"To this day the West Australian government have never met with the family to confront them over their concerns and complaints about the way they and baby Charlie were treated. However, recently there has been some progress. The Attorney General, the ministers for police and women, and the Children's Commissioner for Victims of Crime have agreed to meet with the family next month," said Mr Newhouse.

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As a WA government spokesperson told Mamamia ahead of the March 10 meeting, "What happened to baby Charlie was a terrible tragedy and our deepest condolences go to Ms Mullaley and her family."

Mr Newhouse adds: "In addition, we are still in court - the family have ongoing discrimination complaints. In January we made a complaint on behalf of the family to the United Nations Special Rapporteur on violence against women, who is coming to Australia in the near future."

Further, the family are feeling hopeful about an upcoming senate inquiry into missing and murdered Aboriginal women and children due by mid-year.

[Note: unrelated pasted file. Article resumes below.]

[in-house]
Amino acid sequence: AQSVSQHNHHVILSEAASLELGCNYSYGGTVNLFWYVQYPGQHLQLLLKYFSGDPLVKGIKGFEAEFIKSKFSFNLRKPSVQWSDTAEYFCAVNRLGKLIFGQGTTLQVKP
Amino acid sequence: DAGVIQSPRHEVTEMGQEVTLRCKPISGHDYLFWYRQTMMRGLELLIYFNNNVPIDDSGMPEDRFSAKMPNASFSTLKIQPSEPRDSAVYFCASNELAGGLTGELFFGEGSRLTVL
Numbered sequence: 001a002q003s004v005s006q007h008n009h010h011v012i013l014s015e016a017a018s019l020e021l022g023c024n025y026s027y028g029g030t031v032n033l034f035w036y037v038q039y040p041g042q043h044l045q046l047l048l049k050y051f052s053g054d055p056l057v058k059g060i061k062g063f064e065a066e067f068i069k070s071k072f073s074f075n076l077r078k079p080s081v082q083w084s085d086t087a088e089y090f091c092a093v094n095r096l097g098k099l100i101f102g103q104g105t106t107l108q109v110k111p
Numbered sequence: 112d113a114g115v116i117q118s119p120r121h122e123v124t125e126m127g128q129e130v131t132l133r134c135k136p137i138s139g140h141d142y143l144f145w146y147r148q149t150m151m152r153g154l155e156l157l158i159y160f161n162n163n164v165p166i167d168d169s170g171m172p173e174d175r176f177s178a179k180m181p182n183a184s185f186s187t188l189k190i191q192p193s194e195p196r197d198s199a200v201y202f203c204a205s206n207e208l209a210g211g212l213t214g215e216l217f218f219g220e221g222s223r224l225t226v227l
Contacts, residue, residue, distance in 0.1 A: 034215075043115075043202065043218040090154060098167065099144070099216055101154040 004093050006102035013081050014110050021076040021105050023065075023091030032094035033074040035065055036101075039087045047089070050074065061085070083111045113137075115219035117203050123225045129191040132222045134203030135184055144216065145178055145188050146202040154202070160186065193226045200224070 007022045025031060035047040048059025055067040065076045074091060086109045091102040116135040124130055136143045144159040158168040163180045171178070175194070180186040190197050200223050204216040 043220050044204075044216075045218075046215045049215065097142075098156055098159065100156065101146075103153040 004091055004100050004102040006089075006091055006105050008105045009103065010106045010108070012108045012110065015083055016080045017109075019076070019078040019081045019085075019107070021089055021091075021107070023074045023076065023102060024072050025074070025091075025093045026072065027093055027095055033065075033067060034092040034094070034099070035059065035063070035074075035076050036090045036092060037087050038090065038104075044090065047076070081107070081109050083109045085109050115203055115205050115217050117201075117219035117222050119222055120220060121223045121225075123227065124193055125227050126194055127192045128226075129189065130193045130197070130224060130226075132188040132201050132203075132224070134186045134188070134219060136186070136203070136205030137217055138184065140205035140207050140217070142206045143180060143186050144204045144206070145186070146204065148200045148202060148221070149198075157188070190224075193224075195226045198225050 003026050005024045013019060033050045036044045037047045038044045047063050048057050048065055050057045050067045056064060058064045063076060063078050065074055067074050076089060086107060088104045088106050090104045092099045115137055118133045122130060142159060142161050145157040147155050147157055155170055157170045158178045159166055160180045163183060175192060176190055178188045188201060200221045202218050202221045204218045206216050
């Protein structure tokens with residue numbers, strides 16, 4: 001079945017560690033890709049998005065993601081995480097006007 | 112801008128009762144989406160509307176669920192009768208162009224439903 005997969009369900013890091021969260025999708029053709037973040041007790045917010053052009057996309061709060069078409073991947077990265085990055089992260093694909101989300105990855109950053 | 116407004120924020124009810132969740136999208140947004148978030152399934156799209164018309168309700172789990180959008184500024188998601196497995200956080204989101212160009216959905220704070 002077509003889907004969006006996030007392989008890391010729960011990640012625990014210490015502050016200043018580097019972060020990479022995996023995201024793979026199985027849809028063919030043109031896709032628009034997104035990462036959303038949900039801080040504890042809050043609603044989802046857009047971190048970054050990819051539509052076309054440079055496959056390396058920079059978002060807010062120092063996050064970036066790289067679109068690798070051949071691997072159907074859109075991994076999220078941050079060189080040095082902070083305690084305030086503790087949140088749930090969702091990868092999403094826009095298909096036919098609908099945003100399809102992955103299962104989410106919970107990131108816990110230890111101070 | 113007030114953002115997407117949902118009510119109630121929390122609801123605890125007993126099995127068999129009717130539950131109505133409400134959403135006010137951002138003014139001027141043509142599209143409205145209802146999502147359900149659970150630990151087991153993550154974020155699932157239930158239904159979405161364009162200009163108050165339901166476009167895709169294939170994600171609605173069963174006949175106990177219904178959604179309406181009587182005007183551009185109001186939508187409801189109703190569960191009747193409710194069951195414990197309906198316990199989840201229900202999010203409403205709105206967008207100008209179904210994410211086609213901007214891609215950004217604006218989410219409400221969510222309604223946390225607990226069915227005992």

It's progress - albeit slow. 

And as Dr McGlade told Mamamia, "We will never stop calling for justice. This case was and remains extremely shocking, unjust and abusive on so many levels."

Finally, after years of fighting the system, the Mullaleys have the glimmer of hope they've been holding out for.

If you'd like to support the Mullaley family, you can find their petition here.

If this post brings up any issues for you, or if you just feel like you need to speak to someone, please call 1800 RESPECT (1800 737 732) – the national sexual assault, domestic and family violence counselling service. It doesn’t matter where you live, they will take your call and, if need be, refer you to a service closer to home. 

You can also call safe steps 24/7 Family Violence Response Line on 1800 015 188 or visit www.safesteps.org.au for further information.

Mamamia recognises that Aboriginal and Torres Strait Islander women are the unheard victims of domestic violence and wants to break the silence. In 2022, we’re making a commitment to tell more of their stories, amplify their voices, raise awareness of the issue, and be united in our conversations about how we end violence against women for good. 

You can keep up to date with Gemma Bath's articles here, or follow her on Instagram, @gembath.

Feature image: Facebook/Change.org/Mamamia.